Charles Russell Speechlys' London office has undergone some refurbishments: around half the building still uses offices, but it's on the way to having a more open-plan set-up.
How to get a Charles Russell Speechlys training contract
Training contract deadline (2022): 31 January 2020 (opens October)
Each year, 25 trainees are recruited across the offices in London, Guildford and Cheltenham. In London and Guildford, around half of future trainees are picked up from the summer scheme and half from the direct training contract route.
The application process
All candidates – whether they're applying for the summer scheme or directly for a training contract – complete the same application form. When reviewing the forms, recruiters are looking for “well-rounded people with a real passion for the law, plenty of team spirit and a drive to make their own mark,” says graduate recruitment manager Hayley Halvatzis. How much work experience is necessary? “Applicants don't have to have loads, but it helps to have some legal work experience. Work experience outside of law is also good if they can demonstrate skills they've learned and show how they're useful for legal practice – customer-service skills, for instance, help with developing client relationships.”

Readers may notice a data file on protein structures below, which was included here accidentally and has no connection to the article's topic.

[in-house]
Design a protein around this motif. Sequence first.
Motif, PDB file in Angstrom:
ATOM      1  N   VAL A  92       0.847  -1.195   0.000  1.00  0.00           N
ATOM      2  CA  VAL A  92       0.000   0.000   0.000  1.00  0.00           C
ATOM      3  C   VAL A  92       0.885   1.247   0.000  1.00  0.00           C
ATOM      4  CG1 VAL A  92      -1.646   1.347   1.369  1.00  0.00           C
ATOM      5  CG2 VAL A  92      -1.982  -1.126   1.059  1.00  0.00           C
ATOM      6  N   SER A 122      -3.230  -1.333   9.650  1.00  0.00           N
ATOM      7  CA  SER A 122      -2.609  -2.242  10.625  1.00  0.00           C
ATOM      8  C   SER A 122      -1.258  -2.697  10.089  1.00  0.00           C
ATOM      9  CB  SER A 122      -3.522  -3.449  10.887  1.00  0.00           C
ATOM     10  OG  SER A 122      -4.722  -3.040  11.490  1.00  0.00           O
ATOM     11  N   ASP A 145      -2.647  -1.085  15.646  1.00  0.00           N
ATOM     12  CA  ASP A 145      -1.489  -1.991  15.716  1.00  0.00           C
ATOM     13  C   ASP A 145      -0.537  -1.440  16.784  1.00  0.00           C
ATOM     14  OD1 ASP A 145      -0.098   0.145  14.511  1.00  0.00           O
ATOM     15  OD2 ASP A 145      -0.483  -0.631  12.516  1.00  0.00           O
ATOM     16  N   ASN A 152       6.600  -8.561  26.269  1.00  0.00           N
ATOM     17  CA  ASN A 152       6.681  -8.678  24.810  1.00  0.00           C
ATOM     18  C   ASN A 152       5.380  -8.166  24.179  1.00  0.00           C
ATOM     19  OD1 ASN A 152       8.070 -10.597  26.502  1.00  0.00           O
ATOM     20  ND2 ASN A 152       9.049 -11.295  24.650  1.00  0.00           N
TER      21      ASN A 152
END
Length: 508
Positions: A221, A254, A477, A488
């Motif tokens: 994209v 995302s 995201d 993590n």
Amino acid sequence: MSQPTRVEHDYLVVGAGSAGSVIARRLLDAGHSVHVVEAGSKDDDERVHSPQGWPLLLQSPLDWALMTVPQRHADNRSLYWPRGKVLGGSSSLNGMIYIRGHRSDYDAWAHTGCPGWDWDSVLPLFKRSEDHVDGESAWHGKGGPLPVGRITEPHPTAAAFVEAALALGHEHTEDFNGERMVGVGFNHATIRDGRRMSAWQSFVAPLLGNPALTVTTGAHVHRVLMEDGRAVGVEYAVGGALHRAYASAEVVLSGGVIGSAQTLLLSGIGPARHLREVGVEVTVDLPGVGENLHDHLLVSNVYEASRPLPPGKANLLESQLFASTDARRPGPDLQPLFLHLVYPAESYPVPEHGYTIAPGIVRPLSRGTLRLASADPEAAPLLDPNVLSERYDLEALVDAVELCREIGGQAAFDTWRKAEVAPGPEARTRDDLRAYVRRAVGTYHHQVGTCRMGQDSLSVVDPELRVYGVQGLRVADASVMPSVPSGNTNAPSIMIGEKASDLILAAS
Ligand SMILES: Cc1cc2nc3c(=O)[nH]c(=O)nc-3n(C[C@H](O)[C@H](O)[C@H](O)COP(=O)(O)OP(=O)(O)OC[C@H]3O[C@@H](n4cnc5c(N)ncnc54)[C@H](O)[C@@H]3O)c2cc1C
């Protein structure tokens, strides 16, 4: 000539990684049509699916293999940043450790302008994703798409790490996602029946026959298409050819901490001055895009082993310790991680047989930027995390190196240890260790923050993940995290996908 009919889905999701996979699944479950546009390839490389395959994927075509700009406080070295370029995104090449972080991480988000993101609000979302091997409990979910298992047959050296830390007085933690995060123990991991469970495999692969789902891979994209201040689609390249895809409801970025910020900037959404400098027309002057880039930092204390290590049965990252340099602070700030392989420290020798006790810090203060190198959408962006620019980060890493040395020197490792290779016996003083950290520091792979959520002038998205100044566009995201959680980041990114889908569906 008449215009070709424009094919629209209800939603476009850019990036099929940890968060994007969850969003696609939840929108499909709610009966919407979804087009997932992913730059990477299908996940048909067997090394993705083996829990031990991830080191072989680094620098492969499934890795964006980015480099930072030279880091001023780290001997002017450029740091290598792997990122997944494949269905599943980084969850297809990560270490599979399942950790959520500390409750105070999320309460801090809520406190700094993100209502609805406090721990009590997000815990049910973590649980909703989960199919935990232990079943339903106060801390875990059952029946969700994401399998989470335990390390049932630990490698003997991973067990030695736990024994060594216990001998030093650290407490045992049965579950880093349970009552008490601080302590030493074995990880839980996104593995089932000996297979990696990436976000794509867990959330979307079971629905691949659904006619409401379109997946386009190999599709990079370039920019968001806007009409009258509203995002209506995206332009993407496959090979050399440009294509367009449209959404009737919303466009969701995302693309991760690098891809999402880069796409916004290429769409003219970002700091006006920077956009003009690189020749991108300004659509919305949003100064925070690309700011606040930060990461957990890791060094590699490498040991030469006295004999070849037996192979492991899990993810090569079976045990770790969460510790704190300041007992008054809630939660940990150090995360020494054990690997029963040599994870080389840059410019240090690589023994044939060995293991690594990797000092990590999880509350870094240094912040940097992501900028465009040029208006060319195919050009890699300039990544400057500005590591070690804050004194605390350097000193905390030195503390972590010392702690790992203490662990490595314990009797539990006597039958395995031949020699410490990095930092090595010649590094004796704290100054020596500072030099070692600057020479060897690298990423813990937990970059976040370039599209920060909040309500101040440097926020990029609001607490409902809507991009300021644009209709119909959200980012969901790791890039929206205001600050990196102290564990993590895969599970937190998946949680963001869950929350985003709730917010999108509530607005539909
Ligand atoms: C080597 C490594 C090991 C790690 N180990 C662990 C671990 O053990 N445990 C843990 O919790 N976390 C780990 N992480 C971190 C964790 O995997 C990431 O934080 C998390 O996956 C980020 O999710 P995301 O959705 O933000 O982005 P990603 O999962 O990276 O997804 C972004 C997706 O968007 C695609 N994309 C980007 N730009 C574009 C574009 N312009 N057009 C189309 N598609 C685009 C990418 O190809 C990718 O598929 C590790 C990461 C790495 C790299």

Following the application form, around 80 candidates are shortlisted to complete a situational judgement test and video interview. For those that have applied for a place on the summer scheme, successful candidates will then be offered a place on the scheme. During the scheme candidates are required to take part in the assessment centre that ascertains their suitability for a training contract.
For those that have applied directly for a training contract, an invitation to attend an assessment centre is offered upon successful completion of the video interview. All candidates – whether they have come through the summer scheme or applied directly – will experience the same assessment centre, which is made up of a mix of group and individual tasks.
The vacation scheme
Vac schemes take place in all UK offices – London, Cheltenham and Guildford across June and July. Those who make it through to the scheme spend each week in a different practice area. Students can list preferences on a form and HR will “do their best” to accommodate their choices. According to Hayley, the scheme is like “a very mini-training contract. We try and give candidates as much exposure as possible: they'll attend client meetings and do real fee earning work, like research on a case or checking through a document.” Candidates have a supervisor, though “they might not be the only person giving them work. They also have a trainee mentor for the whole period.” There's also a social event every week, with the firm’s summer party taking place during the first week. “We are lucky that the summer party coincides with the summer scheme as it means students can get a real feel for the firm and mix with different people.” During the second week “we do a more low-key event for scheme participants and trainees, like going to Bounce for table tennis.” Finally, there are leaving drinks with partners.